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The results of the tournament were: Germany (1) Nigeria (2) France (3) but it easily could have been different as I saw quality play from Canada, New Zealand, Korea DPR, and Korea Republic. Access to funds, institutional infrastructure, historical relationships to the game, gender equity, politics (both social and governmental) are huge factors in the development and success of female soccer programs around the world, this was very evident when watching the Central and South American and African teams who all have so much potential if only…

All in all, the tournament could have used some more advertising and flair and colour (I disliked the green they chose as the main tournament colour, it offended my sensibilities). But I was so impressed by the players and the energy of it all that in spite of FIFAs approach and regard for women’s soccer, there are girls and women around the globe who are elevating the game to new heights. I only wish that more women could participate so tournaments like these represent an even broader spectrum of athletes and nations.

***All pictures © Cristina Murano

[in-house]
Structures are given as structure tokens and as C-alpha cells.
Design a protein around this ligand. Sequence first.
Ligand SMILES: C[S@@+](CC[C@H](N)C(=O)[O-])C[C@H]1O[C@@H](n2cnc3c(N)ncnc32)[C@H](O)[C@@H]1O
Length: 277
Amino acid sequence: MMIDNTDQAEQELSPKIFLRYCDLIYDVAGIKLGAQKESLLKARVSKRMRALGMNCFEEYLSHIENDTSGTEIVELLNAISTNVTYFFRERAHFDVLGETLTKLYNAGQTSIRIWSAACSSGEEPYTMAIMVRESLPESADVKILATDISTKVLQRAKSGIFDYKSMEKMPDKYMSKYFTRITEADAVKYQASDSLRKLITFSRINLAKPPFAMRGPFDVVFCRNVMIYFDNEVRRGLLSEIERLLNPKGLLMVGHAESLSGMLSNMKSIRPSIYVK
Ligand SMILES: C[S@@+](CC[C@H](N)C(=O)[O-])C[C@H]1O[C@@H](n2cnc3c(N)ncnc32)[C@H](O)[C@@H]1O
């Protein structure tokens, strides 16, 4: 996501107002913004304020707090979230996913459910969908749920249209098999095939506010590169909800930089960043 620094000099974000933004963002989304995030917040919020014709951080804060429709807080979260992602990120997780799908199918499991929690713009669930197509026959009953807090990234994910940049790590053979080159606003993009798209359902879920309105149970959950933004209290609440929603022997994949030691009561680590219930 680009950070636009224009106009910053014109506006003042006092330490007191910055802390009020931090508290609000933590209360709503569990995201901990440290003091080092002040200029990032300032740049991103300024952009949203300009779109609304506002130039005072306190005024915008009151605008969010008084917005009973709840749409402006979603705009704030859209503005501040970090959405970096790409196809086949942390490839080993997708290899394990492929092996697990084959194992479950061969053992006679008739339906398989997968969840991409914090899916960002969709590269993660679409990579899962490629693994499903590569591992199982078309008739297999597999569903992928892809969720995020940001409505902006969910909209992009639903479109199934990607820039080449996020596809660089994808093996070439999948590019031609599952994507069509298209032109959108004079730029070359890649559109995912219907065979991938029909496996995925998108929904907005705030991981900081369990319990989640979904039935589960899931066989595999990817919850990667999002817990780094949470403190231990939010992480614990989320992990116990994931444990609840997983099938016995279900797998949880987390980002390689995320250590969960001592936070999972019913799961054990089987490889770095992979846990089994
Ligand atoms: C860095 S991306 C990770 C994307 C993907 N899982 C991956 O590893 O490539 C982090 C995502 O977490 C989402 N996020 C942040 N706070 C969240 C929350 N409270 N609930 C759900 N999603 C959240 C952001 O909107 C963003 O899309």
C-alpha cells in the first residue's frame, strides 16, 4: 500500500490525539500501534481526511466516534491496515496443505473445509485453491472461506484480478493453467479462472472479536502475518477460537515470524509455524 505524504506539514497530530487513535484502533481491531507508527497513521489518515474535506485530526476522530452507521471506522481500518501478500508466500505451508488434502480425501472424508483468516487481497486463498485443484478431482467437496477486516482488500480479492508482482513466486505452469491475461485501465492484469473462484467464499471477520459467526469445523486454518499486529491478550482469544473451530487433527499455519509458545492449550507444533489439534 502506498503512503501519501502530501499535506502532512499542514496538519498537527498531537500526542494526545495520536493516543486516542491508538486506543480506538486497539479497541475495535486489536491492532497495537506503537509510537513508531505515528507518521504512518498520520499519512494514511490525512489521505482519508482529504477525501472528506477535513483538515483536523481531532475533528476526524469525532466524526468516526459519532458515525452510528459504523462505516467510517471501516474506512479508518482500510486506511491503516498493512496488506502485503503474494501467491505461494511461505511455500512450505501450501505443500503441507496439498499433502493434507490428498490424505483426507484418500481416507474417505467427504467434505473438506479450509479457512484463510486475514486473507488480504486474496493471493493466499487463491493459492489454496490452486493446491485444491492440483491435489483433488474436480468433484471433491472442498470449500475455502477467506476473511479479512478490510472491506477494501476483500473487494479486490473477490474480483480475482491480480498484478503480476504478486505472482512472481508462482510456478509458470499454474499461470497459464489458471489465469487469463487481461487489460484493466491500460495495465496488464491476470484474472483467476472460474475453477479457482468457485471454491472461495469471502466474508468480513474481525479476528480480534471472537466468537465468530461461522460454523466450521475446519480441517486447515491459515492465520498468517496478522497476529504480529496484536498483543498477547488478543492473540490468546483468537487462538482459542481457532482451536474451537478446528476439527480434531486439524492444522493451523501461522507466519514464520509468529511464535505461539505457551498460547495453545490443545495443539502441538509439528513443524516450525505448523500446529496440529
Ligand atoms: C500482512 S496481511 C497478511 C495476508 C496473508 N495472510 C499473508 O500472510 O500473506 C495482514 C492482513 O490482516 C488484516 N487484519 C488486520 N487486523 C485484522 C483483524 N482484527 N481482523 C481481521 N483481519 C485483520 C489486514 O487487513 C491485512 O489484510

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Helena Costa

Helena Costa, a Portuguese Football Manager (or as us Westerners would call her: Soccer Coach), resigned as the manager for Clermont, Ligue 2 men’s professional football team in France this week. Costa was appointed to the her position only last month (refresher).

Costa has commented that it was the club’s, and President’s, lack of respect for her, as well as its bureaucratic structure that kept her out of the decision-making process, which were part of the reason she could not continue in her position. Here’s what her press release details, which was posted by ESPN FC:

“My departure is a collection of events that no coach would have been able to allow. It’s a total lack of respect, and proof of amateurism. The sporting director wanted to sign players without my agreement, although I have to coach the team. I find it unacceptable that, within a professional structure, the coach learns of a player signing via the secretariat of the club by reading the names of players in a list of those who have to undergo medical tests.

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Marta and Louisa Necib: Superb Soccer Players

Marta Vieria da Silva (famously known as Marta and former striker on the Brazilian Women’s National Soccer Team) and  Louisa Necib (central midfielder on France’s Women’s National Soccer Team) are exciting players to watch. They are two of my favourites because of their creativity and technical finesse on the field.

Marta tends to be more familiar worldwide than Louisa Necib, but both represent the dynamic style of Brazilian and French soccer. Both women are incredibly talented and are revered in their home countries. Youtube has plenty of videos of each – Marta and Necib.